• teams can standardize on a profile by storing it in a hard-wired location, preventing the case of different people accidentally scanning or complying with different profiles or versions.
  • the same experience applies whether scanning for the CIS benchmark, DISA-STIG and any other profiles made available in the future.
  • last but not least, you use a consistent interface across Ubuntu releases.

Let us now take a deep dive into using the Ubuntu Security Guide.

How to install the Ubuntu Security Guide

The Ubuntu Security Guide is available with a subscription. Once the subscription is attached on your Ubuntu system, install USG with the following commands:

$ sudo apt update
$ sudo apt install ubuntu-advantage-tools

$ sudo ua enable usg
$ sudo apt install usg

How to audit the system

At the time of this writing, the corresponding CIS benchmark for Ubuntu 20.04 LTS is the “CIS Ubuntu Linux 20.04 LTS Benchmark v1.0.0”. We will audit our system using USG and that benchmark with the following command.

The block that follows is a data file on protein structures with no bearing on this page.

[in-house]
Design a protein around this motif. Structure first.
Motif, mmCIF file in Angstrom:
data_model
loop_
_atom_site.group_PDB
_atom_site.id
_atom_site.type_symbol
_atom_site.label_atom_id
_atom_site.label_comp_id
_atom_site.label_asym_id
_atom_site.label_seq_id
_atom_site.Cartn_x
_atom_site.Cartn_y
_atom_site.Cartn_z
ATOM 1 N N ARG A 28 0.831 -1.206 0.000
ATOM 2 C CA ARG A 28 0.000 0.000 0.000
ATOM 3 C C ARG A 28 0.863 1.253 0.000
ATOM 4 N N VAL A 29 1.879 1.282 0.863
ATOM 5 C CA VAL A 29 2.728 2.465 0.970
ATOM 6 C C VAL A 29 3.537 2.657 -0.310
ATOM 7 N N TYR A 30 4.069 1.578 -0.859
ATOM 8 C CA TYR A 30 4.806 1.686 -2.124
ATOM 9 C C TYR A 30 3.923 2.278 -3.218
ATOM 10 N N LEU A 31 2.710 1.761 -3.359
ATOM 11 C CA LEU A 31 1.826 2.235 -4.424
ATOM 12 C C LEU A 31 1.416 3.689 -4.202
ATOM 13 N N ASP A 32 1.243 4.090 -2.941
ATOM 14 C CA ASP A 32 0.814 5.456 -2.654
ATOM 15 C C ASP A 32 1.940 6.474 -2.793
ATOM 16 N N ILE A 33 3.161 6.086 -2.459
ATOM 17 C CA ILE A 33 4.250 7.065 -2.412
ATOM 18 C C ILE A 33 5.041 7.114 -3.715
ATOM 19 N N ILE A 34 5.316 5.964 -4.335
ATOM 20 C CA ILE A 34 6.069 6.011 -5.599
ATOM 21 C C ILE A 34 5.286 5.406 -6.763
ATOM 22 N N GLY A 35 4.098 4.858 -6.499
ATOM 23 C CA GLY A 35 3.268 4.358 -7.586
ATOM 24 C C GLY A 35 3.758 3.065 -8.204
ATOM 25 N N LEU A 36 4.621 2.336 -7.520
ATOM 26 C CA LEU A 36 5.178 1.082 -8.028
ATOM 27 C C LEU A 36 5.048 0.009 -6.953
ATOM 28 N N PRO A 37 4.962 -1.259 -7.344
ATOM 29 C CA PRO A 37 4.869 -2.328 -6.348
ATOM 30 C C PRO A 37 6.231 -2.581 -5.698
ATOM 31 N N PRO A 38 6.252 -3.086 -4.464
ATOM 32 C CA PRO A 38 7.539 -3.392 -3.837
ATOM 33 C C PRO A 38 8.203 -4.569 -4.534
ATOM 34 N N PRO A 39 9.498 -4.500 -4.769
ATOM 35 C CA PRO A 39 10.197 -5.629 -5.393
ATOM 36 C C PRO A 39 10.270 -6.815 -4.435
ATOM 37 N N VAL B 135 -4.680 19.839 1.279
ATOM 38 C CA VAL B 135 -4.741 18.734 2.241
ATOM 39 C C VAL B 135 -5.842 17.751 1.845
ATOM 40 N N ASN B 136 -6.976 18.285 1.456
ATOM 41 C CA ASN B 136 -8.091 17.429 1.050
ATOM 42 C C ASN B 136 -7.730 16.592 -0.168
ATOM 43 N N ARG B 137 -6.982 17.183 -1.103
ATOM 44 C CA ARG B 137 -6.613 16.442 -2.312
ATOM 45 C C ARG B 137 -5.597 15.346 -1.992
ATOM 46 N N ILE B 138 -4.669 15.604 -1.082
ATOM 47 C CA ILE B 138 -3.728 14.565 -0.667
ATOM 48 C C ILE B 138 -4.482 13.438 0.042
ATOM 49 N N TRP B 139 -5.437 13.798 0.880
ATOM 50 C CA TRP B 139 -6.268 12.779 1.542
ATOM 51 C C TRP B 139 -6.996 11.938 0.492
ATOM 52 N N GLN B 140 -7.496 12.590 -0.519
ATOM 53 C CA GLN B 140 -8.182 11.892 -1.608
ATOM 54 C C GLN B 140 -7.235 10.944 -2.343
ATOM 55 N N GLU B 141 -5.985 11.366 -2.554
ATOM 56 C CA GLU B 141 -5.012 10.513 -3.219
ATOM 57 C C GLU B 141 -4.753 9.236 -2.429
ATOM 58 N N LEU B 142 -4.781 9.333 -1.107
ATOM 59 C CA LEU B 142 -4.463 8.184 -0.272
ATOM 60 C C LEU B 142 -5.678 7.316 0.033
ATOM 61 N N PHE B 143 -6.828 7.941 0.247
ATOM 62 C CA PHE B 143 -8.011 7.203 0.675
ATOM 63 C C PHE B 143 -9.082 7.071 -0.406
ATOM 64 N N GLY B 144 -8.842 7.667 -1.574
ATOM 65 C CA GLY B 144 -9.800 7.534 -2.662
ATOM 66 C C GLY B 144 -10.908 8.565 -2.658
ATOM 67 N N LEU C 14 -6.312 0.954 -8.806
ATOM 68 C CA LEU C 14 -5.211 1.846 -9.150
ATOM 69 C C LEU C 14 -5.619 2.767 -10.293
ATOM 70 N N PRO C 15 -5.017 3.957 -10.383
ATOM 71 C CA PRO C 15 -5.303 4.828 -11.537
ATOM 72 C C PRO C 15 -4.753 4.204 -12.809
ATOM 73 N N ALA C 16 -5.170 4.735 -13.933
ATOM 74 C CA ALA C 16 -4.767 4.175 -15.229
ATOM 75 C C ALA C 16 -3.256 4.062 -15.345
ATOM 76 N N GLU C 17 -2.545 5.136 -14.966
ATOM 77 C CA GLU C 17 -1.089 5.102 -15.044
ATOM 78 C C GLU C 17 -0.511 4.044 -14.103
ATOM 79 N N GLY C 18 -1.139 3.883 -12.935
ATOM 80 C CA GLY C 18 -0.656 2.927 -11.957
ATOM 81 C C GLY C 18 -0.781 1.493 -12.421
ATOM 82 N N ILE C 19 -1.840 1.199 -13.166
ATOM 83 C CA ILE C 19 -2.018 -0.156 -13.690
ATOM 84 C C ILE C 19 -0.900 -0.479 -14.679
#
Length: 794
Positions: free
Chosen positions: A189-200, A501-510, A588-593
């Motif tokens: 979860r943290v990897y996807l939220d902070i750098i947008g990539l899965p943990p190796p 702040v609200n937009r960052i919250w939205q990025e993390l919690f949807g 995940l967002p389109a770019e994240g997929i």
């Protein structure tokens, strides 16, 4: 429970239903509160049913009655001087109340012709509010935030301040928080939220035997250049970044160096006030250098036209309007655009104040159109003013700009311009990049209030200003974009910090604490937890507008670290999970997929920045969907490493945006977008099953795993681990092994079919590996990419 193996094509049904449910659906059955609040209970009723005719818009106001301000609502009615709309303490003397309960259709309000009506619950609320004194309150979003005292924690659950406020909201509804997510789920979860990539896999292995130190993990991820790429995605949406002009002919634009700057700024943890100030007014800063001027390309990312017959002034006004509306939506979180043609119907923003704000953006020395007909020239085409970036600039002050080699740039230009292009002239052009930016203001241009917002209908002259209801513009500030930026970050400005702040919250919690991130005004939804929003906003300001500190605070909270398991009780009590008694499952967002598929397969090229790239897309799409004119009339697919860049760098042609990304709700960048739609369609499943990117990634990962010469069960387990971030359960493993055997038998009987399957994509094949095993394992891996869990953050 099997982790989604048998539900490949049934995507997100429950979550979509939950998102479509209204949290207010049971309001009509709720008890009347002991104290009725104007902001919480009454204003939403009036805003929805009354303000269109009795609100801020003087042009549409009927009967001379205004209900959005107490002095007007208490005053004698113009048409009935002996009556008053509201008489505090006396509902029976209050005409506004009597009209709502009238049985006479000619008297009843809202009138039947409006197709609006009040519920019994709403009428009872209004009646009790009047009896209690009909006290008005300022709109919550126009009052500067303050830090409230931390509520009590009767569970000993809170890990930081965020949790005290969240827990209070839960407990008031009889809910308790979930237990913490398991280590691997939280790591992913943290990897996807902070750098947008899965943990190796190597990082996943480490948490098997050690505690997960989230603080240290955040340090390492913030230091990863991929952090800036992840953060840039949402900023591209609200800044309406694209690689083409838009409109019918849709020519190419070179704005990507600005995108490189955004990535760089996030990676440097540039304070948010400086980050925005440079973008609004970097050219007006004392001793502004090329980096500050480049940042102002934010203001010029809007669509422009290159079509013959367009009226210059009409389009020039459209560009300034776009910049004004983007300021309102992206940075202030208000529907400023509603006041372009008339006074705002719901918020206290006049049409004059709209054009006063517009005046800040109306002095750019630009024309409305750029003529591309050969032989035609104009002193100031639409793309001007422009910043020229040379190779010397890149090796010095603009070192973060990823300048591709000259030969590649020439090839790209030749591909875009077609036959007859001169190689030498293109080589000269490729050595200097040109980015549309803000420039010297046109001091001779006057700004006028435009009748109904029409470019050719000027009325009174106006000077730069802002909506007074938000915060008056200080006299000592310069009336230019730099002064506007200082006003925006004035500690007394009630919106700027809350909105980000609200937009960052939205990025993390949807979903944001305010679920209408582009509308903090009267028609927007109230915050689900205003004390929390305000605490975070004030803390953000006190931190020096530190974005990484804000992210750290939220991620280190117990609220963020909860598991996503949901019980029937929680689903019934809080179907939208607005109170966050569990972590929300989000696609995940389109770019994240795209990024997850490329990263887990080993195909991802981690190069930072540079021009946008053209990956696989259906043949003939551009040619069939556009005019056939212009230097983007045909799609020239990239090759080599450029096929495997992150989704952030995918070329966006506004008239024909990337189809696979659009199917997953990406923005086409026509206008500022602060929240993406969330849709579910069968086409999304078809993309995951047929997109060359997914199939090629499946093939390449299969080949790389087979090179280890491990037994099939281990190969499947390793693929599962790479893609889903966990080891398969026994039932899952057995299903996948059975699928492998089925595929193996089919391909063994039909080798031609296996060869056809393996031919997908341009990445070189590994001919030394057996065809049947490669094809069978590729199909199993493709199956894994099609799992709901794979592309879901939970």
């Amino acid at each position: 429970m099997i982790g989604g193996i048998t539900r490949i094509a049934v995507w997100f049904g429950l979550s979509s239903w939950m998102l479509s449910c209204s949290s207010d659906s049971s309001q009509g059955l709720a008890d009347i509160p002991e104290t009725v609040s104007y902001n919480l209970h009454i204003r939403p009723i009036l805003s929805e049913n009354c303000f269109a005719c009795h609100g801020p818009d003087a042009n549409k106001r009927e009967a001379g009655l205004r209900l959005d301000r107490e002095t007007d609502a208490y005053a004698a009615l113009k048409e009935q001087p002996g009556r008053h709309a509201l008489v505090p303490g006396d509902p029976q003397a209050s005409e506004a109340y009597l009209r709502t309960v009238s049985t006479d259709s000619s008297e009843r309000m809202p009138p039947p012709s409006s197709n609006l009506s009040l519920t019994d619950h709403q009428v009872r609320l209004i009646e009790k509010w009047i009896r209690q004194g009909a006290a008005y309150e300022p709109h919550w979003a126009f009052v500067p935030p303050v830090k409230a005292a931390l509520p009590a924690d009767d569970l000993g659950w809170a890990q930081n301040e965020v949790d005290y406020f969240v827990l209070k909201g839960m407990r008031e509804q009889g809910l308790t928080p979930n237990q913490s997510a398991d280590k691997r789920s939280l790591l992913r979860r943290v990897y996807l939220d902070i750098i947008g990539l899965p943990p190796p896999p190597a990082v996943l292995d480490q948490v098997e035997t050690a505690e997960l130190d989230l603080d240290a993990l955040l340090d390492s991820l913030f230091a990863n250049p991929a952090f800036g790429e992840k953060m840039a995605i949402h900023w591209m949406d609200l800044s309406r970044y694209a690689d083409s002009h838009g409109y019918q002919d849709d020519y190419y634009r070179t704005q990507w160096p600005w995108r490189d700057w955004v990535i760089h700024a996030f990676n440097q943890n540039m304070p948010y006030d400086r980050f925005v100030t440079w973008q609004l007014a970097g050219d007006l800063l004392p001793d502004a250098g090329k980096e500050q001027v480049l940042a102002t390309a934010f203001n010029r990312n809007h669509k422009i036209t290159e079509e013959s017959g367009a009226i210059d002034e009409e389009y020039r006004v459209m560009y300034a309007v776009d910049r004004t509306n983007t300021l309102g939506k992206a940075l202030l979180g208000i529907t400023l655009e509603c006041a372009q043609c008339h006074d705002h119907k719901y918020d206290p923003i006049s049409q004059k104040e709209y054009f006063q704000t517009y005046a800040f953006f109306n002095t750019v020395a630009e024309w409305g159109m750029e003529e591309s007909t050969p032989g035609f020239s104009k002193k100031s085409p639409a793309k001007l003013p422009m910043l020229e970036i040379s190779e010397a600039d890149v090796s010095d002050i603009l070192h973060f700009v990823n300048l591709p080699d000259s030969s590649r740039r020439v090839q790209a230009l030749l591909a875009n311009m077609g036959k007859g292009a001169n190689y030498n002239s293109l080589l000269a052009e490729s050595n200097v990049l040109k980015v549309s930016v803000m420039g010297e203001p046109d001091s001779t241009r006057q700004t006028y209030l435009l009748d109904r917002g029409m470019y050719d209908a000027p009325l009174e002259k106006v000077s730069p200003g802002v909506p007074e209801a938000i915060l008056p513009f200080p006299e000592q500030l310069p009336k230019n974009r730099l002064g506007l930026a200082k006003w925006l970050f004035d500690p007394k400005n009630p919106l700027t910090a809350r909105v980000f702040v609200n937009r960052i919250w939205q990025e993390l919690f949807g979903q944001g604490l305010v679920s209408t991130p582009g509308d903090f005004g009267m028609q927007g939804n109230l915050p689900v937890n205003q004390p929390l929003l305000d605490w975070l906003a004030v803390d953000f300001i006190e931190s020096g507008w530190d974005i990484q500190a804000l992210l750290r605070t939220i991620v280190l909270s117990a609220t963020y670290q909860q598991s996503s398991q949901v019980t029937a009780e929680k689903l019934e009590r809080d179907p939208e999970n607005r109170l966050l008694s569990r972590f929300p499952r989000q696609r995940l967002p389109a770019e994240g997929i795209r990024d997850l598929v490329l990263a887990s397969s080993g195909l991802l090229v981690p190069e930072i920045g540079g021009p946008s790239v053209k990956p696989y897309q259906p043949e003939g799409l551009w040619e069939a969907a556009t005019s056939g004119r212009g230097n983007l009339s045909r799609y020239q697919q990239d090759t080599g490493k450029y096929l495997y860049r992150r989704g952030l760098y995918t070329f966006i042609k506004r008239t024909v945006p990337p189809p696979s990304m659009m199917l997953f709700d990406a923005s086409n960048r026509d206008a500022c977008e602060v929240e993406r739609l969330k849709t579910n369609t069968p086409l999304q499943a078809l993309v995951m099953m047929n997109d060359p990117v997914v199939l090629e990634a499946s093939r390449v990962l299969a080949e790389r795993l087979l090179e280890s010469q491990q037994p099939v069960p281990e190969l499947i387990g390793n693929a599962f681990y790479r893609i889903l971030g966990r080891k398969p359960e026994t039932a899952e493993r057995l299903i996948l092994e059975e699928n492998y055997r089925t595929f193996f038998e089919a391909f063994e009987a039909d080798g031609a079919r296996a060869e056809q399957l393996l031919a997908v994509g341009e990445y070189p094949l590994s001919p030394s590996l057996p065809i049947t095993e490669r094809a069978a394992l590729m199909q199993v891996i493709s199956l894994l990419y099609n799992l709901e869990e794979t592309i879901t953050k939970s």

$ sudo usg audit cis_level1_server

This will generate a report placed in /var/lib/usg with the results of the audit. The HTML report contains the list of rules that succeeded and failed, and looks like the following screenshot.

The compliance report output by Ubuntu Security Guide.

What was the “cis_level1_server” command line option that we used? It indicates the USG profile name to use for audit. These profiles correspond to the CIS profiles with hardening tailored towards workstations vs. server systems, and a higher level indicates more rules that further reduce the attack surface of a system, but at the cost of reducing usability.

USG profile nameCorresponding CIS profile
cis_level1_workstationLevel 1 Workstation profile
cis_level1_serverLevel 1 Server profile